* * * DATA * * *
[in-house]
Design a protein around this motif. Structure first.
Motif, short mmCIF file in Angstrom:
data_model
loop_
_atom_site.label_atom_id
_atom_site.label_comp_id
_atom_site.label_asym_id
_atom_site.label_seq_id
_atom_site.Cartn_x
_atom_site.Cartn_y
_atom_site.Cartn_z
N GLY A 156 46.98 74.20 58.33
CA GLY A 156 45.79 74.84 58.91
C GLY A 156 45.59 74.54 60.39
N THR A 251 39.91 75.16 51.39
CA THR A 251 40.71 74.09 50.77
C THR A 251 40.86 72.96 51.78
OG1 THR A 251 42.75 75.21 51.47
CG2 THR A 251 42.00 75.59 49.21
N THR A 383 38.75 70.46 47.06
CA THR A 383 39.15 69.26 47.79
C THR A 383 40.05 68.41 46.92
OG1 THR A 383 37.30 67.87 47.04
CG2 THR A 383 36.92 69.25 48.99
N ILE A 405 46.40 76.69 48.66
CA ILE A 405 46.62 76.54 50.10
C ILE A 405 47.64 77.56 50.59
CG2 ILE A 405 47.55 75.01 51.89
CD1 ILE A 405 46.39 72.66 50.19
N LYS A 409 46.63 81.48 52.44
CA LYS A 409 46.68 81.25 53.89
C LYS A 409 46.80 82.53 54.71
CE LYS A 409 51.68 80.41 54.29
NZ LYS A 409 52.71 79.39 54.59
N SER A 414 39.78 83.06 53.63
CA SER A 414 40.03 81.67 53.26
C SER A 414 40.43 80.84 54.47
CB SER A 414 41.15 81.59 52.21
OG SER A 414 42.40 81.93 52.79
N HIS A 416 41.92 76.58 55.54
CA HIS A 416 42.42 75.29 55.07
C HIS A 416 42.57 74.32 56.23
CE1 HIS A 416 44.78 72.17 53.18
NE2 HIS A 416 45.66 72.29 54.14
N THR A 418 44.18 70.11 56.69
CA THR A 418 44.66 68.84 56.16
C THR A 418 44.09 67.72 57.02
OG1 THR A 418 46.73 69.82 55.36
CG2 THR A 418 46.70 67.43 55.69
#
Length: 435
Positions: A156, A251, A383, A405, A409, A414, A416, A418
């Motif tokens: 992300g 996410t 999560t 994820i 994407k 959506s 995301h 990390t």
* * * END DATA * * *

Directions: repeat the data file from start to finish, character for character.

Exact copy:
[in-house]
Design a protein around this motif. Structure first.
Motif, short mmCIF file in Angstrom:
data_model
loop_
_atom_site.label_atom_id
_atom_site.label_comp_id
_atom_site.label_asym_id
_atom_site.label_seq_id
_atom_site.Cartn_x
_atom_site.Cartn_y
_atom_site.Cartn_z
N GLY A 156 46.98 74.20 58.33
CA GLY A 156 45.79 74.84 58.91
C GLY A 156 45.59 74.54 60.39
N THR A 251 39.91 75.16 51.39
CA THR A 251 40.71 74.09 50.77
C THR A 251 40.86 72.96 51.78
OG1 THR A 251 42.75 75.21 51.47
CG2 THR A 251 42.00 75.59 49.21
N THR A 383 38.75 70.46 47.06
CA THR A 383 39.15 69.26 47.79
C THR A 383 40.05 68.41 46.92
OG1 THR A 383 37.30 67.87 47.04
CG2 THR A 383 36.92 69.25 48.99
N ILE A 405 46.40 76.69 48.66
CA ILE A 405 46.62 76.54 50.10
C ILE A 405 47.64 77.56 50.59
CG2 ILE A 405 47.55 75.01 51.89
CD1 ILE A 405 46.39 72.66 50.19
N LYS A 409 46.63 81.48 52.44
CA LYS A 409 46.68 81.25 53.89
C LYS A 409 46.80 82.53 54.71
CE LYS A 409 51.68 80.41 54.29
NZ LYS A 409 52.71 79.39 54.59
N SER A 414 39.78 83.06 53.63
CA SER A 414 40.03 81.67 53.26
C SER A 414 40.43 80.84 54.47
CB SER A 414 41.15 81.59 52.21
OG SER A 414 42.40 81.93 52.79
N HIS A 416 41.92 76.58 55.54
CA HIS A 416 42.42 75.29 55.07
C HIS A 416 42.57 74.32 56.23
CE1 HIS A 416 44.78 72.17 53.18
NE2 HIS A 416 45.66 72.29 54.14
N THR A 418 44.18 70.11 56.69
CA THR A 418 44.66 68.84 56.16
C THR A 418 44.09 67.72 57.02
OG1 THR A 418 46.73 69.82 55.36
CG2 THR A 418 46.70 67.43 55.69
#
Length: 435
Positions: A156, A251, A383, A405, A409, A414, A416, A418
């Motif tokens: 992300g 996410t 999560t 994820i 994407k 959506s 995301h 990390t």